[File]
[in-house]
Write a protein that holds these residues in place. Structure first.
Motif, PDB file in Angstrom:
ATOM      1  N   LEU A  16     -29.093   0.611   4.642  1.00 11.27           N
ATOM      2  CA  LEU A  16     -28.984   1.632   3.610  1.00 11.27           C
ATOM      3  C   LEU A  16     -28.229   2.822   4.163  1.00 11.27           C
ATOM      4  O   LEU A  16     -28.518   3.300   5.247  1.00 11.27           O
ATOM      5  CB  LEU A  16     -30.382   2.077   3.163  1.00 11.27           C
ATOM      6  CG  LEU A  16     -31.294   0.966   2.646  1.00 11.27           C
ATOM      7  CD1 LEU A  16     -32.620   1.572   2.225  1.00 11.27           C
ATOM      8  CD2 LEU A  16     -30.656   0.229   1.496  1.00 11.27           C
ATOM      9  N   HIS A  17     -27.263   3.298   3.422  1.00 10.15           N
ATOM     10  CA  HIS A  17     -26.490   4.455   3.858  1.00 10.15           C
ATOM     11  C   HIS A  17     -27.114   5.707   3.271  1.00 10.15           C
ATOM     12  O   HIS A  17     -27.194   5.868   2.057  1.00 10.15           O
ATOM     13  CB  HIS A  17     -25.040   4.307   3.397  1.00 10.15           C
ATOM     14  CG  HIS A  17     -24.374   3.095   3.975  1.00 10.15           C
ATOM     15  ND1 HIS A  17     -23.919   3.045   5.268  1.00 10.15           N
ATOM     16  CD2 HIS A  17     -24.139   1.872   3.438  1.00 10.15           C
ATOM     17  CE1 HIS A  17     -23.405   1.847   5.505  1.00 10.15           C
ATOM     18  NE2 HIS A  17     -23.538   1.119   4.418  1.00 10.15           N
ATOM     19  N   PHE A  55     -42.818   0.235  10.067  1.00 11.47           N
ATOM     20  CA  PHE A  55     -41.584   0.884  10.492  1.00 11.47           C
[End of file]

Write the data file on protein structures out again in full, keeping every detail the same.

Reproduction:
[in-house]
Write a protein that holds these residues in place. Structure first.
Motif, PDB file in Angstrom:
ATOM      1  N   LEU A  16     -29.093   0.611   4.642  1.00 11.27           N
ATOM      2  CA  LEU A  16     -28.984   1.632   3.610  1.00 11.27           C
ATOM      3  C   LEU A  16     -28.229   2.822   4.163  1.00 11.27           C
ATOM      4  O   LEU A  16     -28.518   3.300   5.247  1.00 11.27           O
ATOM      5  CB  LEU A  16     -30.382   2.077   3.163  1.00 11.27           C
ATOM      6  CG  LEU A  16     -31.294   0.966   2.646  1.00 11.27           C
ATOM      7  CD1 LEU A  16     -32.620   1.572   2.225  1.00 11.27           C
ATOM      8  CD2 LEU A  16     -30.656   0.229   1.496  1.00 11.27           C
ATOM      9  N   HIS A  17     -27.263   3.298   3.422  1.00 10.15           N
ATOM     10  CA  HIS A  17     -26.490   4.455   3.858  1.00 10.15           C
ATOM     11  C   HIS A  17     -27.114   5.707   3.271  1.00 10.15           C
ATOM     12  O   HIS A  17     -27.194   5.868   2.057  1.00 10.15           O
ATOM     13  CB  HIS A  17     -25.040   4.307   3.397  1.00 10.15           C
ATOM     14  CG  HIS A  17     -24.374   3.095   3.975  1.00 10.15           C
ATOM     15  ND1 HIS A  17     -23.919   3.045   5.268  1.00 10.15           N
ATOM     16  CD2 HIS A  17     -24.139   1.872   3.438  1.00 10.15           C
ATOM     17  CE1 HIS A  17     -23.405   1.847   5.505  1.00 10.15           C
ATOM     18  NE2 HIS A  17     -23.538   1.119   4.418  1.00 10.15           N
ATOM     19  N   PHE A  55     -42.818   0.235  10.067  1.00 11.47           N
ATOM     20  CA  PHE A  55     -41.584   0.884  10.492  1.00 11.47           C